The Science Behind a Smelly Dental Night Guard

If you've used a dental nightguard before, you're well aware of the perils of long-term use... not to your teeth, obviously, your teeth are protected! Rather, the result of months of use: The smelly nightguard.  But what causes that awful smell?

Royalty free illustration courtesy of iStockPhotoUnsurprisingly, the same forces are at work making your dental nightguard smell bad as those behind that old standby, halitosis – a.k.a. bad breath. Let's talk a little bit about what's going on inside your mouth and the ways that you can protect your nightguard, just as you would your teeth and your overall oral health.

Oral ecology: It sounds fancy, but it's basically just a way to describe the system of organisms that live in your mouth. And we all have them – don't think that just because you brush your teeth four times a day that your mouth is bacteria-free! In fact, a microbe-free mouth something that you absolutely do not want.

The two main components of oral ecology are bacteria and saliva, both of which have the capability to harm you but also, in many instances are both beneficial and necessary in order to protect your immune system. Saliva, for example, contains many of its own bacterial enzymes such as lysozomes which are there to kill any harmful bacteria you might encounter and ensure that the ecology of your mouth stays balanced.

Royalty free image courtesy of Pexels.comBecause saliva is always flowing in your mouth, it also goes a long way toward just ensuring that bacteria doesn't find a place to take root and for biofilms, which lead to the growth of unhealthy organisms. The surfaces of your teeth, of course, are extremely complex and therefore saliva can't possibly wash away all of the bad bacteria... and this is what leads to plaque.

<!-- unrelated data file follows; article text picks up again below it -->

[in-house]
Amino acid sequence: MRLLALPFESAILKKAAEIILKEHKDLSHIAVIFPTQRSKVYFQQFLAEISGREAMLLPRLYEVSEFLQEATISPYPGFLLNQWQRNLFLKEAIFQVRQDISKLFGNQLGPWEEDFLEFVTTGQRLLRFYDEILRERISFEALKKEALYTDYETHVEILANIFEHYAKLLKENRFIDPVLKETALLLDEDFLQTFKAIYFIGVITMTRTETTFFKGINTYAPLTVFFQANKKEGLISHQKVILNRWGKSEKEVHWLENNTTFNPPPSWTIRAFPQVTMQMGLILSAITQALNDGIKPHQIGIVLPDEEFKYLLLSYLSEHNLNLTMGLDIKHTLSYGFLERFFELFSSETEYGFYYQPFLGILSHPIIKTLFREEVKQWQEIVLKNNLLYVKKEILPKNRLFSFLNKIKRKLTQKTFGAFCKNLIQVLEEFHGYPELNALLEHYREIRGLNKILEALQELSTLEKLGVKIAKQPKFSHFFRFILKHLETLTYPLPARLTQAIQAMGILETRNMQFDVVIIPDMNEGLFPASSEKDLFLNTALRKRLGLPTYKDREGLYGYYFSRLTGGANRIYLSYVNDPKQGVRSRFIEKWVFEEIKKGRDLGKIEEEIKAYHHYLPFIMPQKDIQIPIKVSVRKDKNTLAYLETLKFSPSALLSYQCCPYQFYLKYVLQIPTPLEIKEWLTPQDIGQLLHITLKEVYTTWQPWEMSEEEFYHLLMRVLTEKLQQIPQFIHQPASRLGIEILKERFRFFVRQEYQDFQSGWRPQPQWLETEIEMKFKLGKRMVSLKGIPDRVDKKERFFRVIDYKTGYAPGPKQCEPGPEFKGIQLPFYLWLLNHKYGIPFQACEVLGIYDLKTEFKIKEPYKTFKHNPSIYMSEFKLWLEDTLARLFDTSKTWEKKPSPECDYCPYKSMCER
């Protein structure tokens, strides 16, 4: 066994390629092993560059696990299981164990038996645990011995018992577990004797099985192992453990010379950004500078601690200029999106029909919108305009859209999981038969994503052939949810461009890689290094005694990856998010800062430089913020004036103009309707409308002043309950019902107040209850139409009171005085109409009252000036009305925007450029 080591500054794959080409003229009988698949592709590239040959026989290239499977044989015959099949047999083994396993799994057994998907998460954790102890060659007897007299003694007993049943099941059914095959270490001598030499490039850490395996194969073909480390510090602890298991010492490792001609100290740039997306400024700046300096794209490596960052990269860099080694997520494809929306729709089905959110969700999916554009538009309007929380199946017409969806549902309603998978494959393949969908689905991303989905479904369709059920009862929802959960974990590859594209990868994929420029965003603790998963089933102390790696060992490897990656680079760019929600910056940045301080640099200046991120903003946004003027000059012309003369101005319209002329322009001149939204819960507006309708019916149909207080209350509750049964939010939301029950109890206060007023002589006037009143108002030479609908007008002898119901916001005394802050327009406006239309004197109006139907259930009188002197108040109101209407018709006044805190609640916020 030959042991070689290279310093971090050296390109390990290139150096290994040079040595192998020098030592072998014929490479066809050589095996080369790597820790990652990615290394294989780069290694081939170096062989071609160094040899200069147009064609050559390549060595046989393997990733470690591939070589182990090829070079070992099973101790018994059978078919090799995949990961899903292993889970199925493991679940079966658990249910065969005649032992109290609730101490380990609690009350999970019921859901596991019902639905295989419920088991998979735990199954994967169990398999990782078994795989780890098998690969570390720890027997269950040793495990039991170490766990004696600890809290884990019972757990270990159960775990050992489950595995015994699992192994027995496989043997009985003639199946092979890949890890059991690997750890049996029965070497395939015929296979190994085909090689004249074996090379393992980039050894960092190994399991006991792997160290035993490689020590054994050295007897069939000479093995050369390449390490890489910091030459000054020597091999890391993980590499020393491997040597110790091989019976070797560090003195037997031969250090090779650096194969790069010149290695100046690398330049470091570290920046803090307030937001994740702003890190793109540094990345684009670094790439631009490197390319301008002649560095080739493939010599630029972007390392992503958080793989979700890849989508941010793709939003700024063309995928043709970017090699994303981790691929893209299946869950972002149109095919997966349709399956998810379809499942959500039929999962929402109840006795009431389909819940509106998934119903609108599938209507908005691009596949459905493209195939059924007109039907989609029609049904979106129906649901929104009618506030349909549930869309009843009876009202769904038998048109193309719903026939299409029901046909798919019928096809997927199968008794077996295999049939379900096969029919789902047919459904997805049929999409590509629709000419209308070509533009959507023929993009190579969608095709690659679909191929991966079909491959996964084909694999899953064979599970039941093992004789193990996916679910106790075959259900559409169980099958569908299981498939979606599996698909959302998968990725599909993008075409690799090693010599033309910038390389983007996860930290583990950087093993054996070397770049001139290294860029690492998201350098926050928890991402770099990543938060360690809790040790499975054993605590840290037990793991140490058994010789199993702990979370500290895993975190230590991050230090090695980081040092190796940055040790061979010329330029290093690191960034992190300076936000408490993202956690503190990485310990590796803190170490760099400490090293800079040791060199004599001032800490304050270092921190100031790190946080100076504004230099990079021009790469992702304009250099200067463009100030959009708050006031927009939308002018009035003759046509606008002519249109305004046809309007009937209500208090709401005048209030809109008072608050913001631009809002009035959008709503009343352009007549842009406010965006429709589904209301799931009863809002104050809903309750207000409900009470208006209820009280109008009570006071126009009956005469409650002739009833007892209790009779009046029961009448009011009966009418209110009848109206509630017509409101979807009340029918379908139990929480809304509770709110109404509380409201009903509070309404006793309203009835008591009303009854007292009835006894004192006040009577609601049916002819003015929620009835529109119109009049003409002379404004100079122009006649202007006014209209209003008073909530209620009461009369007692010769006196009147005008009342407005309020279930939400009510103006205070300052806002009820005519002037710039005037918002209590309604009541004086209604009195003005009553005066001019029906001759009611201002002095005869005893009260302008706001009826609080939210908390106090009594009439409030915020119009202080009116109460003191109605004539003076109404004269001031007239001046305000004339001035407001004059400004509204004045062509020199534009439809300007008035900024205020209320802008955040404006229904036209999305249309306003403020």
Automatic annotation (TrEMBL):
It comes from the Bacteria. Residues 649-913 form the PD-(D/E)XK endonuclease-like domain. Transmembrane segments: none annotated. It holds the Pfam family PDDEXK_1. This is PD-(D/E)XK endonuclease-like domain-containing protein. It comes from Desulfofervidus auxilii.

The main suspects in poor oral hygiene are:

• Streptococcus mutans: These are the bacteria that feed on sugar and starches, producing acids that erode your tooth enamel. They are the main cause of cavities and other oral diseases.
• Porphyromonas gingivalis: Over time, poor oral hygiene can also lead to periodontitis a.k.a. gum disease. These bacteria begin to take up residence when gums are damaged and over time, will also wreck havoc on the alveolar bone that supports your teeth.

In short, the generation of these tissue and enamel-damaging substances is what creates that unpleasant smell; bad habits such as smoking, chewing tobacco or vaping can exacerbate things, too. Provided you cut out bad habits, you'll still need to ensure that you brush and floss regularly in order to keep the bad bacteria in check. (Using an antimicrobial mouthwash also helps!)

Dental guard image; royalty free image courtesy of Pexels.comBecause you're using your nightguard every day – sometimes for hours at a time – it's important to clean it as regularly as you would your teeth. You should rinse or soak your dental nightguard in warm water immediately after you wear it, brush it with a soft toothbrush – not the brush you use for yout teeth, one that is just for your nightguard – using a small amount of anti-microbial soap, then rinse very thoroughly. 

Of course, over time both the wear and tear on your nightguard from grinding – which is what keeps your teeth safe! – as well as cumulative bacterial growth means that replacing your nightguard every few months is your best bet. We described this a bit in a previous blog, but basically ClearClub's subscription option offers a convenient, low-cost way to receive a new nightguard every three to six months using the same impressions you only need to take once. And if your teeth alignment changes, you can request a new impression kit at any time!

Try ClearClub's subscription today, your teeth will thank you!

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